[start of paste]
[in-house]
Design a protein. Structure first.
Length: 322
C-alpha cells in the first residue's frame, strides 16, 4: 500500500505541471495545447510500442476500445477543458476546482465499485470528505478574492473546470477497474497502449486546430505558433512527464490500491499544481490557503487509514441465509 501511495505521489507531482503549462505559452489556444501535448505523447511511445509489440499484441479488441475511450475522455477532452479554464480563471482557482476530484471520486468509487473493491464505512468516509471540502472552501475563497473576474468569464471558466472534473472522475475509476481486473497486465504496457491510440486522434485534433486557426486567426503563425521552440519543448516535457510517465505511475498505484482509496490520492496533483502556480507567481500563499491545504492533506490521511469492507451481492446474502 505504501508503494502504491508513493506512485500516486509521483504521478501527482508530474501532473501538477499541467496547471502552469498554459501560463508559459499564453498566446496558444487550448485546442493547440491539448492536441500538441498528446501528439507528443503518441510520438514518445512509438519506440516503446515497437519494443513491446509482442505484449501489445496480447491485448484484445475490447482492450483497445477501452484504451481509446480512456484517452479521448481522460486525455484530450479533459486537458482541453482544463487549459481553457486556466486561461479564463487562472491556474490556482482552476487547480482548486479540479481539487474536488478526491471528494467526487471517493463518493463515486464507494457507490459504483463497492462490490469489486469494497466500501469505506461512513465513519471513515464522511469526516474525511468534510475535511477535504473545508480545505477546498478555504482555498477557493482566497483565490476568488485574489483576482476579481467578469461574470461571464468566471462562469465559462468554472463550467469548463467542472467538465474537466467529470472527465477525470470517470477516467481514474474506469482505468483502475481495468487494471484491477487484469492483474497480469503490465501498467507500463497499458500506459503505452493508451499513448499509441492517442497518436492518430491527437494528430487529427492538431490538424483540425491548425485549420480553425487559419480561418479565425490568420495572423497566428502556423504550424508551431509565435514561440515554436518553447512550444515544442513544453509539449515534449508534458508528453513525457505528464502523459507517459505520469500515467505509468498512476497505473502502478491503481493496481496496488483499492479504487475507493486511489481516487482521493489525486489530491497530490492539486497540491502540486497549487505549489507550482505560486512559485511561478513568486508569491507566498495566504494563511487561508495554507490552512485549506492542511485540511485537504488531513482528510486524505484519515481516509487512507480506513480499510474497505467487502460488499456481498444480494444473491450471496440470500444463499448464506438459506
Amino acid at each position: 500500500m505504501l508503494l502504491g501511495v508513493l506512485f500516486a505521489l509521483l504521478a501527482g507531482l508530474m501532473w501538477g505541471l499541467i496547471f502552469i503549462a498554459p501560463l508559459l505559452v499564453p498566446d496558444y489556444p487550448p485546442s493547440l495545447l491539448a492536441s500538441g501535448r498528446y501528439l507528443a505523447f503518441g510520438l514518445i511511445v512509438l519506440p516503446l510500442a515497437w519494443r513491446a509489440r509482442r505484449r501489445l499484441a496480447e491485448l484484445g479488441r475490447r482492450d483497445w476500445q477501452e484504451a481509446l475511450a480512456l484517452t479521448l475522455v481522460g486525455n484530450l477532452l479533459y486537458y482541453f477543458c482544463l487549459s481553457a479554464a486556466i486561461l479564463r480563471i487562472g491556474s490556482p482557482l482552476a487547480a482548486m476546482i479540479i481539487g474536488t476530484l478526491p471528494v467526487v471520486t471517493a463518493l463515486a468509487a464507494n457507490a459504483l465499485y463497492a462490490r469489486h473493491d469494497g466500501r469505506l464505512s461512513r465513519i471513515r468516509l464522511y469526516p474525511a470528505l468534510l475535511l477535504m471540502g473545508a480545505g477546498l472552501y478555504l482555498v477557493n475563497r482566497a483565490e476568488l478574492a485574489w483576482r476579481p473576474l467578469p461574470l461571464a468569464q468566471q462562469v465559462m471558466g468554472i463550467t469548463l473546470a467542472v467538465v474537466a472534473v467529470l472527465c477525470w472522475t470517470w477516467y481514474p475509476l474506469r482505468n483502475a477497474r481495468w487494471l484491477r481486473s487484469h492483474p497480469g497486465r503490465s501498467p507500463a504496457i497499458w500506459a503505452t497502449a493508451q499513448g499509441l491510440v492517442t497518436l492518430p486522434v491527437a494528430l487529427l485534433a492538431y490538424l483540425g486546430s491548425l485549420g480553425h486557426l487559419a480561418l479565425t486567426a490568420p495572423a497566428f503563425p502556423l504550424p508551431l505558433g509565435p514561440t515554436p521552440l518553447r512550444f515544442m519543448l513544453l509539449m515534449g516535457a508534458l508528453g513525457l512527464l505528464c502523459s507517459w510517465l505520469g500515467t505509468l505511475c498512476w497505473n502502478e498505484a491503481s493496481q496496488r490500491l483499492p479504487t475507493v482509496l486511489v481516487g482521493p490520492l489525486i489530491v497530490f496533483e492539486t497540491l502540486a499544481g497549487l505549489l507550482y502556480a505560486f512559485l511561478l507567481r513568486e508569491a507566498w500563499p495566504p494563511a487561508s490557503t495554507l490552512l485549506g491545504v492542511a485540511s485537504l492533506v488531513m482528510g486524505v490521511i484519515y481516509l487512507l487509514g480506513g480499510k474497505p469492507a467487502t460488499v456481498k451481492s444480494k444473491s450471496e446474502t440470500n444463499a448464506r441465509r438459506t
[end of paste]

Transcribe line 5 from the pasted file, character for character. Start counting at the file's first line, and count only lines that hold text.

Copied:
Amino acid at each position: 500500500m505504501l508503494l502504491g501511495v508513493l506512485f500516486a505521489l509521483l504521478a501527482g507531482l508530474m501532473w501538477g505541471l499541467i496547471f502552469i503549462a498554459p501560463l508559459l505559452v499564453p498566446d496558444y489556444p487550448p485546442s493547440l495545447l491539448a492536441s500538441g501535448r498528446y501528439l507528443a505523447f503518441g510520438l514518445i511511445v512509438l519506440p516503446l510500442a515497437w519494443r513491446a509489440r509482442r505484449r501489445l499484441a496480447e491485448l484484445g479488441r475490447r482492450d483497445w476500445q477501452e484504451a481509446l475511450a480512456l484517452t479521448l475522455v481522460g486525455n484530450l477532452l479533459y486537458y482541453f477543458c482544463l487549459s481553457a479554464a486556466i486561461l479564463r480563471i487562472g491556474s490556482p482557482l482552476a487547480a482548486m476546482i479540479i481539487g474536488t476530484l478526491p471528494v467526487v471520486t471517493a463518493l463515486a468509487a464507494n457507490a459504483l465499485y463497492a462490490r469489486h473493491d469494497g466500501r469505506l464505512s461512513r465513519i471513515r468516509l464522511y469526516p474525511a470528505l468534510l475535511l477535504m471540502g473545508a480545505g477546498l472552501y478555504l482555498v477557493n475563497r482566497a483565490e476568488l478574492a485574489w483576482r476579481p473576474l467578469p461574470l461571464a468569464q468566471q462562469v465559462m471558466g468554472i463550467t469548463l473546470a467542472v467538465v474537466a472534473v467529470l472527465c477525470w472522475t470517470w477516467y481514474p475509476l474506469r482505468n483502475a477497474r481495468w487494471l484491477r481486473s487484469h492483474p497480469g497486465r503490465s501498467p507500463a504496457i497499458w500506459a503505452t497502449a493508451q499513448g499509441l491510440v492517442t497518436l492518430p486522434v491527437a494528430l487529427l485534433a492538431y490538424l483540425g486546430s491548425l485549420g480553425h486557426l487559419a480561418l479565425t486567426a490568420p495572423a497566428f503563425p502556423l504550424p508551431l505558433g509565435p514561440t515554436p521552440l518553447r512550444f515544442m519543448l513544453l509539449m515534449g516535457a508534458l508528453g513525457l512527464l505528464c502523459s507517459w510517465l505520469g500515467t505509468l505511475c498512476w497505473n502502478e498505484a491503481s493496481q496496488r490500491l483499492p479504487t475507493v482509496l486511489v481516487g482521493p490520492l489525486i489530491v497530490f496533483e492539486t497540491l502540486a499544481g497549487l505549489l507550482y502556480a505560486f512559485l511561478l507567481r513568486e508569491a507566498w500563499p495566504p494563511a487561508s490557503t495554507l490552512l485549506g491545504v492542511a485540511s485537504l492533506v488531513m482528510g486524505v490521511i484519515y481516509l487512507l487509514g480506513g480499510k474497505p469492507a467487502t460488499v456481498k451481492s444480494k444473491s450471496e446474502t440470500n444463499a448464506r441465509r438459506t